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The 2015 Masters: Thirteen Contenders

It’s the eve of the Masters, and the pairings for the first two rounds have been announced, which means that it’s time to try and pick a winner. In any golf tournament, that’s very difficult. There are so many closely matched competitors, and so much variability in performances from week to week, that betting on the outcome tends to benefit only the bookmakers. But the Masters is slightly different. Because it’s played on the same course every year, Augusta National, we can look back and see what types of players do well there. At least in theory, that should help us narrow the field.

Over the years, however, the nature of the course, which was designed by Alister MacKenzie, a fellow Yorkshireman, has changed. Until about 2000, the undulating and tree-lined Augusta favored precision players, such as Nick Faldo, José María Olazábal, and Bernhard Langer, who could hit the right spots on the course’s fairways and precarious greens. But it was also short enough so that “bombers” like Jack Nicklaus and Tiger Woods could, if their games were on, overpower the competition. (Nicklaus won the Masters six times; Woods has won four.) In essence, it was a fair test for everybody. But after Woods shot eighteen under par in 1997 and then fourteen under par in 2001, the ruling committee at Augusta set out to lengthen the course and make it more resistant to low scoring.

Ironically, the result was to put even more of a premium on the ability to hit the ball a mile. At seven thousand four hundred and thirty-five yards, Augusta isn’t the longest of courses. But, particularly on the back nine, it features a series of holes that favor long, high shots that move from right to left in the air. As evidenced by the victories of Zach Johnson, in 2007, and Trevor Immelman, in 2008, shorter hitters can still compete if they pitch and putt well. But they need a bit of help from the elements. In 2007, Augusta was rain-sodden, which kept the bombers in check; a year later, it was windswept, which made life equally difficult for everybody. In the final round, Immelman shot seventy-five, three over par, and still won.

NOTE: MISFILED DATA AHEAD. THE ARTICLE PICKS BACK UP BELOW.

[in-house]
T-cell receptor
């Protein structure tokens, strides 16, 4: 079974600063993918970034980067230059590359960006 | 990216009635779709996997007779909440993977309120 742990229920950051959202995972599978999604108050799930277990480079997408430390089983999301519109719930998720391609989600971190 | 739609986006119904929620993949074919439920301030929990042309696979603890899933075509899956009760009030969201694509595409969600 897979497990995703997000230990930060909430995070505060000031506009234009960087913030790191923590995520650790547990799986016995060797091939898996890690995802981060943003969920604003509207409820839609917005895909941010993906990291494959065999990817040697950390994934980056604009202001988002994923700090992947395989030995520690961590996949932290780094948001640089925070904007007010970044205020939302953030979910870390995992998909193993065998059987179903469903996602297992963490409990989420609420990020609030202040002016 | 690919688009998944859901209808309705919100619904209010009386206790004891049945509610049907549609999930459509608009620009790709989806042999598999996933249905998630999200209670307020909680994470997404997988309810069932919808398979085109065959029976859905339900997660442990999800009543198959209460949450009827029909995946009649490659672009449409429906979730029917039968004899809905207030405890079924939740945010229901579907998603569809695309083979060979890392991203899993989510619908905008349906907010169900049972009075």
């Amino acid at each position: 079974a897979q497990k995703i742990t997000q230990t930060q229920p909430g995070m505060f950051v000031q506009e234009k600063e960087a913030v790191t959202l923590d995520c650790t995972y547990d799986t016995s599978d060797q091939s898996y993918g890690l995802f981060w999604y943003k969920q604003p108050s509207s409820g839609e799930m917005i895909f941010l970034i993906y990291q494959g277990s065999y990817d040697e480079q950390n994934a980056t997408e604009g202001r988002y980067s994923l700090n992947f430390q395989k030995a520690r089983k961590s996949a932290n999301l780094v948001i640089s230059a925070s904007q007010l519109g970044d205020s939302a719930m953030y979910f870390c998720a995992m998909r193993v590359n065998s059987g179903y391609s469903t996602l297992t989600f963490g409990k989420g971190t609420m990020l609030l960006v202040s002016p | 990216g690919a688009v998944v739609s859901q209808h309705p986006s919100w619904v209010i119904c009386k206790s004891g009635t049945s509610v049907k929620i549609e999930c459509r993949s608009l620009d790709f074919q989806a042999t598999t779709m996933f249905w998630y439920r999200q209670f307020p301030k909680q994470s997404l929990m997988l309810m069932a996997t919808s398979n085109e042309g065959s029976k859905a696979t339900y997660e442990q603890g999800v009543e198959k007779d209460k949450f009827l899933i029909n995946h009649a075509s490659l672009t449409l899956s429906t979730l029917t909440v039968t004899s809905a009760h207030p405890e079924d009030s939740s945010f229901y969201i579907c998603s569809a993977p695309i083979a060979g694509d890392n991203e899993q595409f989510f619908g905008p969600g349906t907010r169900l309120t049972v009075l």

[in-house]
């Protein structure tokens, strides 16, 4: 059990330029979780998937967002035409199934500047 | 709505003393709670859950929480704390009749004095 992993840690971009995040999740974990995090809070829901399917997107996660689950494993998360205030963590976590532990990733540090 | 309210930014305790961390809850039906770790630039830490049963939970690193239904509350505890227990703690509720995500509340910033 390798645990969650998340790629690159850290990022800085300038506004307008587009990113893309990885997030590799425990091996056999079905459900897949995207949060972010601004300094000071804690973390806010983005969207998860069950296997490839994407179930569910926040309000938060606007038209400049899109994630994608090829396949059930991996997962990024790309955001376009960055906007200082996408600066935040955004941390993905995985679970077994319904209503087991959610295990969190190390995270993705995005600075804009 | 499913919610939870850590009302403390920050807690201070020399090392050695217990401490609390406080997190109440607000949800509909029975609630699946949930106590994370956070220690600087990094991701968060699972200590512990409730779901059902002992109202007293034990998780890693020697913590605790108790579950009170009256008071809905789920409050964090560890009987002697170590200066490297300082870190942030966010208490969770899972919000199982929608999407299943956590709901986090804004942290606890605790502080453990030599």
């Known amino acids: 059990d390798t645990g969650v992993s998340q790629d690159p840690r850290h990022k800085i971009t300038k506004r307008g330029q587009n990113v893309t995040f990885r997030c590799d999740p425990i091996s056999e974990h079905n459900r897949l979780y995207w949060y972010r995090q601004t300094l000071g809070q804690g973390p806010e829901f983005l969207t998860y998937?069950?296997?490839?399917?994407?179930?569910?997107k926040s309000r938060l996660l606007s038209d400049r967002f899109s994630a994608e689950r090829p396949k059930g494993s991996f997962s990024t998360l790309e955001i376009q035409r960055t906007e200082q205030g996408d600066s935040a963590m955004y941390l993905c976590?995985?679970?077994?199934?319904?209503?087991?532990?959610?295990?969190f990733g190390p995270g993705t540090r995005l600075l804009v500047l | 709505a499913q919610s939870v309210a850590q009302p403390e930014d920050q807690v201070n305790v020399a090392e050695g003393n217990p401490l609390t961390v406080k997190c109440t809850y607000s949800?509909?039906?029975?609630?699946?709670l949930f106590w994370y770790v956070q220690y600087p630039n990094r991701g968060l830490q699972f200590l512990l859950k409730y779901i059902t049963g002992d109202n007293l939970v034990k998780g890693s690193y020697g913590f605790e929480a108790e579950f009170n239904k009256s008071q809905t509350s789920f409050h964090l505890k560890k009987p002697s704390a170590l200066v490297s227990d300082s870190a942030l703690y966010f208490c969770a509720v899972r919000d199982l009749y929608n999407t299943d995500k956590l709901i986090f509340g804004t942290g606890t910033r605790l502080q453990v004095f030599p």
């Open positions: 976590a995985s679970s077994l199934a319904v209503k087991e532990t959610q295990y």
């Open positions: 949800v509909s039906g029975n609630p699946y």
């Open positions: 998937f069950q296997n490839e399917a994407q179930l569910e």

With that background in mind, here is my breakdown of the likely contenders, with their current odds at the bookmakers. I’ve divided it into players who hit the ball ultra-long, those who hit it long enough, and precision golfers.

The Bombers

Rory McIlroy (6/1): Like Woods in his prime, McIlroy, of Northern Ireland, has the ball-striking ability, the confidence, and the mental strength to break away from the competition. His long, high draw should be perfect for Augusta. The caveats are his recent form, which hasn’t been great, and his Masters record: in six starts, his best finish was eighth, last year. However, McIlroy did win the two most recent majors, last summer’s British Open and P.G.A. Championship. He deserves to be the favorite this week, but the bookmakers’ odds are too stingy.

Bubba Watson (11/1): Having won the tournament twice in the past three years, and having scored a tour victory this year, Watson, a hard-swinging Floridian, should be the favorite. As he showed in 2013, he can drive the ball over the trees on the back nine’s two pivotal par fives, the thirteenth and fifteenth holes, leaving himself with wedge shots to the greens where others must hit long irons or lay up. That’s a huge advantage. He’s a volatile fellow, though, so you can never be quite sure how he’ll perform.

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